Putin’s nuclear threats carry ‘doomsday clock’ closest to Armageddon, nuclear scientists say
WASHINGTON — The Bulletin of the Atomic Scientists announced Tuesday that it has pushed its metaphorical doomsday clock closer than ever to midnight, the hypothetical hour of Armageddon, reflecting experts’ assessment that humanity is facing unprecedented threats to its existence is.
The countdown time to 2023 has been set for “90 seconds to midnight,” the group’s leaders announced in a news conference at the National Press Club. This new time was 10 seconds closer to “Doomsday” than it was a year ago. The group has been measuring real and existential threats to humanity, from climate change to the prospects of nuclear war, for more than 70 years.
“The point of the clock is to assess where humanity is and whether we are safer or at greater risk,” said Dr. Rachel Bronson, President and CEO of the Bulletin of the Atomic Scientists. “And if we move the clock closer to midnight, we’ll send a message that the situation is becoming more urgent.”
This year, the ongoing Covid-19 pandemic, the Russian invasion of Ukraine and Russian President Vladimir Putin’s thinly veiled threat to use nuclear weapons in the conflict have heightened the global threat to humanity, the group said.
“Putin has not given any indication that he is ready to accept defeat,” said Dr. Steven Fetter, a professor at the University of Maryland and an expert on nuclear threats.
“But even if nuclear use is avoided in Ukraine, the war has challenged the nuclear order, the system of agreements and agreements built over six decades to limit the dangers of nuclear weapons,” Fetter said.
According to experts, the renewed global threat of nuclear war has been exacerbated by the ongoing Covid-19 pandemic.
“Events like Covid-19 can no longer be considered rare occurrences in a century,” said Dr. Suzet McKinney, Principal and Director of Life Sciences at Chicago real estate developer Sterling Bay.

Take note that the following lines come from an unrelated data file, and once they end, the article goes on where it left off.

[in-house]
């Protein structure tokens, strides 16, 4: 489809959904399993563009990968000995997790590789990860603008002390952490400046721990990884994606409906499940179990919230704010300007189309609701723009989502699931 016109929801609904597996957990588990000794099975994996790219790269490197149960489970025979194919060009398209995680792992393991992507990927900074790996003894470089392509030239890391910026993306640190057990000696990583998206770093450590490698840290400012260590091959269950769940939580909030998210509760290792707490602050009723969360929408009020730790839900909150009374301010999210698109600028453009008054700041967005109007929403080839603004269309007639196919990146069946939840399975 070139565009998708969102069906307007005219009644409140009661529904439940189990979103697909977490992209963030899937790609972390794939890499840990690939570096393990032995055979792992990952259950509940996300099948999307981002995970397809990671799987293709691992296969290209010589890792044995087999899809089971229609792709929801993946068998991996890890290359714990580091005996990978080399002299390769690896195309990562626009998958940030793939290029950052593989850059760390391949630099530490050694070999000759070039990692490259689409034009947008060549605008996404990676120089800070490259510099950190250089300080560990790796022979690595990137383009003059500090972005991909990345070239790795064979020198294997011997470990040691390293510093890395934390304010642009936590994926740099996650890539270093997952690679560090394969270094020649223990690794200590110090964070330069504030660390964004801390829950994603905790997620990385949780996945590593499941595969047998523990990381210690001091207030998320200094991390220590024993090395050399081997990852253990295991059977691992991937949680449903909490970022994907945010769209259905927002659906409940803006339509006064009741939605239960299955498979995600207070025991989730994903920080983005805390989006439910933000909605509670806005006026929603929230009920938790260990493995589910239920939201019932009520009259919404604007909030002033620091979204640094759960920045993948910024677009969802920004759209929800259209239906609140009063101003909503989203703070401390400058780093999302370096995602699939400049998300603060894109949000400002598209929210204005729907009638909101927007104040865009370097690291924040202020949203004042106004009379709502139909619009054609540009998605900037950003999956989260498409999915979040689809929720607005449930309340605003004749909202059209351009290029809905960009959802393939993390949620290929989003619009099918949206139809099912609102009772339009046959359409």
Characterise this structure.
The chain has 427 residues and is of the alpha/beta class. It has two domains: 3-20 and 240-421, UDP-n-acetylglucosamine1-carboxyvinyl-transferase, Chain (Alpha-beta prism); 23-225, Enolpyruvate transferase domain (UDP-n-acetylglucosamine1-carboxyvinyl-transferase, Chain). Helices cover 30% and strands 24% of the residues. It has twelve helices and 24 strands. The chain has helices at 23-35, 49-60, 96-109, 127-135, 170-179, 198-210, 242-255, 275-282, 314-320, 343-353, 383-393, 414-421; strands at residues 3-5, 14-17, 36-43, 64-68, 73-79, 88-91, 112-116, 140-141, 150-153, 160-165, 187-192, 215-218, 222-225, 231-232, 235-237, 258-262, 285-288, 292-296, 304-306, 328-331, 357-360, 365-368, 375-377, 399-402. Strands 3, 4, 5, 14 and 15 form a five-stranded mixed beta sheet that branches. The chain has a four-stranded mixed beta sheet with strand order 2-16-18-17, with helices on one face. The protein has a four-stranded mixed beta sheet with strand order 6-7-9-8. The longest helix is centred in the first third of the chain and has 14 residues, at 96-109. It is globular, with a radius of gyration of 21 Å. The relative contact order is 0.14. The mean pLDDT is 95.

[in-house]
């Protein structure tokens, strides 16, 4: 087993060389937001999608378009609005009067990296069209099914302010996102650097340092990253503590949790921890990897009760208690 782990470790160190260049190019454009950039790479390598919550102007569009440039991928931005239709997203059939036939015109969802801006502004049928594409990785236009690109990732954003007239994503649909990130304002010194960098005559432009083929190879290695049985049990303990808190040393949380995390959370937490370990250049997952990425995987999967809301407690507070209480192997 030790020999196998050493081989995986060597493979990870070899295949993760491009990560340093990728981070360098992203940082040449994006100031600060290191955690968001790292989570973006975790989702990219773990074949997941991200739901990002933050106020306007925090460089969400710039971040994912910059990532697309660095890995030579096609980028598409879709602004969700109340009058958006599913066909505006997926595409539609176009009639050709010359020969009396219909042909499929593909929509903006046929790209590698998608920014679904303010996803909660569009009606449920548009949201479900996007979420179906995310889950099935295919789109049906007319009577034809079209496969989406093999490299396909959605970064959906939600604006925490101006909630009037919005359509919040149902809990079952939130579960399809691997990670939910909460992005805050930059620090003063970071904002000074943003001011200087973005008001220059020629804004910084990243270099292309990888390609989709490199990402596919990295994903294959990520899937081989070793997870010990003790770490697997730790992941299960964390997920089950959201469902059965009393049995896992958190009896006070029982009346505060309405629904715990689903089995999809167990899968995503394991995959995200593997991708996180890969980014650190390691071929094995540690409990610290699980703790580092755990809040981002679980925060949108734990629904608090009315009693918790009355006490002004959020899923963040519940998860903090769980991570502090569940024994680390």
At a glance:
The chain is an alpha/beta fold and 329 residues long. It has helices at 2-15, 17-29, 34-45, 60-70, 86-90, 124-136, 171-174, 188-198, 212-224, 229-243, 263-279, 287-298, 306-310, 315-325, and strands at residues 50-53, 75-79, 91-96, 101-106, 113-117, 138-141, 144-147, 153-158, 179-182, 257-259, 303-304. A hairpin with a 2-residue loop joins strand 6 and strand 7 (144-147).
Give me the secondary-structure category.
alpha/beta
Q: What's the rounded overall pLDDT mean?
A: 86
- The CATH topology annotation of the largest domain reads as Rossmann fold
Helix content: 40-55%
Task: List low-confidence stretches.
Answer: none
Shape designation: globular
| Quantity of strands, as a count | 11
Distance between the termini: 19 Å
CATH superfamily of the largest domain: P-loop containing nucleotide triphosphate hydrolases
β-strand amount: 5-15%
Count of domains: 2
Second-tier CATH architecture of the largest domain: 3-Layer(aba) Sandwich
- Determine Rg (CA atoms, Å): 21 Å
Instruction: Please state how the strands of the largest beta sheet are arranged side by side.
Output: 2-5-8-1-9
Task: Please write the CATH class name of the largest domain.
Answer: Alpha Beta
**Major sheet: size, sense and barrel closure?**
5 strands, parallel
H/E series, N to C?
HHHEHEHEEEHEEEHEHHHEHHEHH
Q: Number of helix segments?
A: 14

“The total number and diversity of infectious disease outbreaks has increased significantly over the past 40 years, with more than half being caused by zoonotic diseases, d end in sight” of the Covid pandemic.
The Bulletin of the Atomic Scientists was founded in 1945 by the late physicist and Nobel laureate Albert Einstein and other scientists who worked on the Manhattan Project to build the first atomic bomb.
The first doomsday clock was unveiled in 1947 and used the metaphor of a countdown to midnight to represent the overall level of threat facing humanity.
The watch’s threats “focus on man-made threats: nuclear risk, climate change, and new disruptive technologies, including biotechnology,” Bronson said. “We at Bulletin believe we can reduce them because humans created these threats.”
“The challenges outlined in today’s announcement from the Bulletin of the Atomic Scientists could be global in nature,” said Mary Robinson, former President of Ireland. “No country can tackle it alone, no matter the size of its population, the strength of its economy, or the fear of its military.”